A friend telephoned me a few hours ago to let me know that Larry, the man who has sponsored me for the past 28 years, passed away sometime last night. He's the man I loved and trusted most in the world. I am mostly numb with occasional moments of devastating loss.
We were going to meet at the recent Brothers In Spirit retreat last weekend, but he never made it. There was a lot of talk at the retreat about program brothers who had passed away recently. Dan, Neal, Uncle Jimmy, Skip. At the Steering Committee meeting after the retreat, doing housekeeping things and discussing next year's BIS, one of the brothers reminded us all of what Neal used to say whenever he'd hear recovering addicts complaining about aches, pains, graying hair, loose teeth, and enlarging prostates. He'd say, "Remember, we weren't even supposed to be here."
True. Addicts die young. That was the rule for the longest time. It's no longer a rule now; It's a choice. No addict who wants to get clean has to die from this disease. Reach out, pick up that phone directory, call the Narcotics Anonymous number, do what the person on the other end says, put down the drug and pick up on the program, go to those meetings, and follow the suggestions. If you do that, most likely you too will grow old enough to wrinkle up, ache, gimp, bitch, and help a few hundred newcomers into recovery.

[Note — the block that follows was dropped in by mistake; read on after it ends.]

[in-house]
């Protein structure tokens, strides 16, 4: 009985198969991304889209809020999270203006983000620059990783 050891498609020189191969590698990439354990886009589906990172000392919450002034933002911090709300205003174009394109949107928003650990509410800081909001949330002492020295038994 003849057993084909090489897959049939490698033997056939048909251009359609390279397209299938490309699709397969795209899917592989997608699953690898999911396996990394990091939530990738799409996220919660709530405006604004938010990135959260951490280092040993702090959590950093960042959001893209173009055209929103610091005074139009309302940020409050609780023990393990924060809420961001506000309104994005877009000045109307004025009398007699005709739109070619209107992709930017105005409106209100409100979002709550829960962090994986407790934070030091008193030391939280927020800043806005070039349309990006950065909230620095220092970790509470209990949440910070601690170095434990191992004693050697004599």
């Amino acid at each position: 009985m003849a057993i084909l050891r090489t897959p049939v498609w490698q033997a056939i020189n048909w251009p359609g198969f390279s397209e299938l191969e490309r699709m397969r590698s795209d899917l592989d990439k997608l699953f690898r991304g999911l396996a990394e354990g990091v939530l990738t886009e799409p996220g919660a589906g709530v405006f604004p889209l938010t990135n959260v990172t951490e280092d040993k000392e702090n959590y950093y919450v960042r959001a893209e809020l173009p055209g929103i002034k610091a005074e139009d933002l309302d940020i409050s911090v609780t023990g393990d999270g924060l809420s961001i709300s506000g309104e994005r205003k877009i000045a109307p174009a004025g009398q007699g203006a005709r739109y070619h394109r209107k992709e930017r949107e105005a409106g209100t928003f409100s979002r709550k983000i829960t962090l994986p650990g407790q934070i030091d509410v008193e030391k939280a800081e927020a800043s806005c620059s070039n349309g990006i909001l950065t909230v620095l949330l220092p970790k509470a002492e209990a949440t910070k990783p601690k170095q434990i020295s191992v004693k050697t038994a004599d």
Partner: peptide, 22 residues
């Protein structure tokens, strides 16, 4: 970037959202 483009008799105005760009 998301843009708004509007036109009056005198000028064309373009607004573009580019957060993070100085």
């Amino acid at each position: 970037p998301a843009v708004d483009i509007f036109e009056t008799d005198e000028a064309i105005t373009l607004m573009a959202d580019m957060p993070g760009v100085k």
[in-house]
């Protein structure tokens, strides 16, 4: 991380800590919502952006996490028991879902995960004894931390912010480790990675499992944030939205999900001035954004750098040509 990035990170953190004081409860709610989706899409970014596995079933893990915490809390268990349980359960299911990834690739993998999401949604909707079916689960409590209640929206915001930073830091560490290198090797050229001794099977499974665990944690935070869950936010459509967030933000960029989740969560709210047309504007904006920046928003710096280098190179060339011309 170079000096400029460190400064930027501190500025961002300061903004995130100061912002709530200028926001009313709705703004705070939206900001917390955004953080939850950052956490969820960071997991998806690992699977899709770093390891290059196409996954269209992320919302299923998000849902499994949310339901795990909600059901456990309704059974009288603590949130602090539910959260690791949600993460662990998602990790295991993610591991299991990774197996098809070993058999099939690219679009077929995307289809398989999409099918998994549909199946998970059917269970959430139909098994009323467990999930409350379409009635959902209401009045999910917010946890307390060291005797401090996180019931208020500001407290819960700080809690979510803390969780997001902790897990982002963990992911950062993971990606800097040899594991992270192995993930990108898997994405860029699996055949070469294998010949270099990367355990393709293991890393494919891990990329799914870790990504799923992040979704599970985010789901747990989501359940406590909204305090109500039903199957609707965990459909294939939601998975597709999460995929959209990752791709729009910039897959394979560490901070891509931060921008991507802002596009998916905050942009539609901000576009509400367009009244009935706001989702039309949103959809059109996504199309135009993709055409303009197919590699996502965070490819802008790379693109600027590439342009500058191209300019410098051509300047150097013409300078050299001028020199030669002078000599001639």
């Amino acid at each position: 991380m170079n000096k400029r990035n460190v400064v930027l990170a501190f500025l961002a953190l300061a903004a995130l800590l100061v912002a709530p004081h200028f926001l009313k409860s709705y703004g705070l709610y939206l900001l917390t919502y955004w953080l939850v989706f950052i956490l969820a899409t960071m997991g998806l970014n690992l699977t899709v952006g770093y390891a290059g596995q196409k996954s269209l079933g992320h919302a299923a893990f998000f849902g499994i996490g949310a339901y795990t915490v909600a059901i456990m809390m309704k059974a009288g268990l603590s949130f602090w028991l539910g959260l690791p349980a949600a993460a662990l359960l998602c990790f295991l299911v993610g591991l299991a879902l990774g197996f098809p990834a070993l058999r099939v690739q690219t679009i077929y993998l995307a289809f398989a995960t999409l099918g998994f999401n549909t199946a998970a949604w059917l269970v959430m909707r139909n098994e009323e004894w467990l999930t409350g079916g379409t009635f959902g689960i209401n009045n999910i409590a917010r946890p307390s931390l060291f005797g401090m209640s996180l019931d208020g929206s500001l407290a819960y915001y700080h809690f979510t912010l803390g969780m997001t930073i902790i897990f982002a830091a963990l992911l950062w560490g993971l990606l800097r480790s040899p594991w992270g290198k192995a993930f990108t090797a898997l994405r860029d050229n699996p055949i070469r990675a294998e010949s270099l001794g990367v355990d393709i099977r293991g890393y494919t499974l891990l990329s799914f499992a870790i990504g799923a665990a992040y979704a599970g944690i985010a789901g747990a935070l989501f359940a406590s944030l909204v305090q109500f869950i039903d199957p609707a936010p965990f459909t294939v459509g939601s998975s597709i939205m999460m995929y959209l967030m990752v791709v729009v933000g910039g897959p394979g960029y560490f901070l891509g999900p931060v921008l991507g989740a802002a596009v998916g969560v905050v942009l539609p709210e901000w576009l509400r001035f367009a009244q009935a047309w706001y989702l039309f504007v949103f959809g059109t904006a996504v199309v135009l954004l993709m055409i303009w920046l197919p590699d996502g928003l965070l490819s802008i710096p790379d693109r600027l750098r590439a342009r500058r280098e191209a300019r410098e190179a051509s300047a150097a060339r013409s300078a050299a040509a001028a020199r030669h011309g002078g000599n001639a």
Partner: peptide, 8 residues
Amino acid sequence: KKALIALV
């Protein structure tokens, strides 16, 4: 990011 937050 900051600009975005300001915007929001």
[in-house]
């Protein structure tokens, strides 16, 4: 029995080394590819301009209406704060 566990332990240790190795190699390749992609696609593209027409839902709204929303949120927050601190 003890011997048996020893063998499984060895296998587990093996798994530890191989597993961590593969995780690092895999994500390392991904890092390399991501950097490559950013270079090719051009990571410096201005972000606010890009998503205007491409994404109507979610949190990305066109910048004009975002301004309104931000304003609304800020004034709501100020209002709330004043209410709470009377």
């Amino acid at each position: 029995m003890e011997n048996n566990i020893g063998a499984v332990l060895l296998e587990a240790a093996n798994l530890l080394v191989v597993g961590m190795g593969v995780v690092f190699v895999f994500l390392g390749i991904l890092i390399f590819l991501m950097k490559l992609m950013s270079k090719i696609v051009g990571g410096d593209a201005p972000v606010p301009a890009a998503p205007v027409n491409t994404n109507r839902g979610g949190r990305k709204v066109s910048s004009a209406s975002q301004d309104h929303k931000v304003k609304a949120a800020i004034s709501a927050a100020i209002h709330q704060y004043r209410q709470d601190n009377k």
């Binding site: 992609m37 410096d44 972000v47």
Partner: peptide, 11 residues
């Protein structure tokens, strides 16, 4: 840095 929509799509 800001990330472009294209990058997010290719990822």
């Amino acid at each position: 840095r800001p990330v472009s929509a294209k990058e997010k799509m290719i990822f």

If you don't use, you get older. Kids in the program make jokes about me having been around since rocks were soft. And Larry was older than me. He probably witnessed the Big Bang and complained about the noise. It shouldn't have been a surprise he passed away, but it was.
Being mindful of mortality, I often say that no one has a lock on the next ten minutes. But somewhere deep inside me I feel that those about whom I care are immortal. I never raised that belief to a verbal level, so I never knew I held it. Time after time this year, though, someone has died who "wasn't supposed to." But they died anyway. Life on life's terms: what a sucky deal. I don't have a lock on my next ten minutes, nor anyone else's.
I can hear Larry now, laughing in my ear, and saying, "So what're you gonna do? Pick up? That'll make everything all right." Larry had his sarcastic moments.
No, Larry, I won't pick up the drug and use. It's the one thing calculated to make what I'm feeling now much much worse, and I don't think I could live through feeling worse than this. Besides, that would be one hell of a way to honor the thirty years of clean time you and I, among others, achieved for me. You're the one who blessed the title of this blog because you knew it's truth. I really hope you can get together with the redneck (his first sponsor). I know how much you missed him. I really wish we could have written that book.
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